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Metal oxide surfaces, thin films, and nanostructures

STM_LEED_CoO

STM and LEED view of a single layer of CoO on Ir(100). The unit cell is approximately a c(10×2) however the details of the LEED pattern (insert) tell, that this is not the correct unit cell. The oxide overlayer forms a one-dimensional moire pattern.

Since many oxides are insulators or large-gap semiconducturs they are not accessible to surface science methods that employ electrons as probes. We therefore prepare  oxide films that are only a few monolayers thick on metal substrates where electrons can tunnel through the oxide. In such systems the morphology and resulting atomic structure of the oxide is determined by the interaction at the metal-oxide interface and by growth parameters.  We employ LEED, STM, and DFT to unravel the influence of such parameters on the atomic structure of the films.

We will extend this work towards the preparation and investigation of well defined interfaces between oxides that may exhibit new electronic, magnetic or even superconducting properties.

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The idea of this project is to identify the role of metal metal-oxide interfaces in catalysing basic oxidation reactions (CO to CO2, H2 to H2O, hydrocarbons to H2O and CO(2)). The approachuses LEED, STM, and TDS in ultra-high vacuum (UHV) and aims at clarifying adsorbate adsorption sites, reduced oxide sites, intermediate reoxidation configurations etc.) occurring prior to or during the chemical reactions. The insights from these experiments might become helpful for the design of catalysts that remove dangerous substances from the (exhaust) air or allow to produce climate-neutral fuels.

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Doping allows significant control over properties of semiconductors. While this is common for Si and other commercially used semiconductors much less is known about doped oxides. The importance of understanding atomic scale doping in these materials arises from their application as (photo-)catalysts and electrodes in batteries and solar cells. The idea is to introduce metal atoms into the surface of a homogeneous oxide and to characterize locally their influence on electronic properties (gap states, electrostatic potential) by STM/STS.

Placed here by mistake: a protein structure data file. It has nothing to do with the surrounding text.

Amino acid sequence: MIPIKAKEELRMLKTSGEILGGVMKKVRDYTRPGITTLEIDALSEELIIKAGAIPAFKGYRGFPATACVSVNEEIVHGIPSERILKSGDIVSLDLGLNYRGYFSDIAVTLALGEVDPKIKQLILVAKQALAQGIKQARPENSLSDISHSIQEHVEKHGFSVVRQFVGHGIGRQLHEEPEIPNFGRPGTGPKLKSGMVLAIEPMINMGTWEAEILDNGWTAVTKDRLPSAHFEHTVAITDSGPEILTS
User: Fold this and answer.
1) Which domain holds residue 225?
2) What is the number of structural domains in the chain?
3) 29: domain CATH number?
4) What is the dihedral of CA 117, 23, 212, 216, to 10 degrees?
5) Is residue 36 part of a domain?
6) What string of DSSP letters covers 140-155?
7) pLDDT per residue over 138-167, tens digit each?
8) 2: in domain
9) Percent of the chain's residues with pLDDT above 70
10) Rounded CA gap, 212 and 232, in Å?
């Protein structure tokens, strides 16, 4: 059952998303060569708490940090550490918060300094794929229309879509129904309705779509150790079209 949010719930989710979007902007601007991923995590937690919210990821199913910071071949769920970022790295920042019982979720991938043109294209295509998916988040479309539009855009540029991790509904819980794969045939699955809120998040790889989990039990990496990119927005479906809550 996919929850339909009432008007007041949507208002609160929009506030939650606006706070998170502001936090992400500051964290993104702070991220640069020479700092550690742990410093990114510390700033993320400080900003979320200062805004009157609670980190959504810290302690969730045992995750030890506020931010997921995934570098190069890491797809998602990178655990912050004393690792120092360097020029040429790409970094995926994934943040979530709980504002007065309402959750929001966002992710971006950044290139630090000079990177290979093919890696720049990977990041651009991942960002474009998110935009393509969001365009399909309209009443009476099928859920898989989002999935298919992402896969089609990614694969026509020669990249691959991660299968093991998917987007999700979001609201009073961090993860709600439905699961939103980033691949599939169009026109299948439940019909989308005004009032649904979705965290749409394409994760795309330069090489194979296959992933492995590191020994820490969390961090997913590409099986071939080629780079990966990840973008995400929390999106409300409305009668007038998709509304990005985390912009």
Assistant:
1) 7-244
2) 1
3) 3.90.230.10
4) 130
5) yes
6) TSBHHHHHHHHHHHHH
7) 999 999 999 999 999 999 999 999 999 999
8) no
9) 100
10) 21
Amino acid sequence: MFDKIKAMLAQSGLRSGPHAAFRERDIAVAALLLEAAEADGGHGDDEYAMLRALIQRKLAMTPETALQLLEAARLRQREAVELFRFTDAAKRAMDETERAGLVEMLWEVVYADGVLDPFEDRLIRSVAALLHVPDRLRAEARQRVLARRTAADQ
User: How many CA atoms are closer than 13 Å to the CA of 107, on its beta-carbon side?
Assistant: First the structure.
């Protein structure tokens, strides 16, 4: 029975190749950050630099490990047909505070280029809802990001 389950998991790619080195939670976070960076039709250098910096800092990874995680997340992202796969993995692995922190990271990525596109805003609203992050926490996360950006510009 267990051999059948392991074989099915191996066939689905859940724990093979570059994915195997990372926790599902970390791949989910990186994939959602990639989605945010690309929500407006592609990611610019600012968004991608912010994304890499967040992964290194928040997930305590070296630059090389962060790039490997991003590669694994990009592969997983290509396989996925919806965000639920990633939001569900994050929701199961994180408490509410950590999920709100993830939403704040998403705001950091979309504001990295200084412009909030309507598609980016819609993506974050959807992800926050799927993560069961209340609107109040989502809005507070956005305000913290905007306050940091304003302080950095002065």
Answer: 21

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Transition-metal oxides cover a wide range of crystal structures and oxidation states. They can be metals or insulators and the magnetic properties may show ferro-, ferri-, or antiferromagn­etic behavior. The theoretical description is challenging due to localized and strongly-correlated electrons. Experiments have to deal with demanding sample preparations due to the variety of oxidation states and crystal structures. Studies of the electronic structure usually require well-ordered surfaces prepared under ultrahigh-vacuum conditions. Electron spectroscopies can only be applied to insulating oxides, if they are prepared as thin films on a metallic substrate.

We use two-photon photoemission to study the unoccupied electronic conduction bands on thin oxide films on metal substrates in addition to the valence bands known from conventional photoelectron spectroscopy. The characterization of the electronic structure of the oxide films is important for the investigation of the electronic properties of adsorbed molecules in the funCOS project.

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FunCOS

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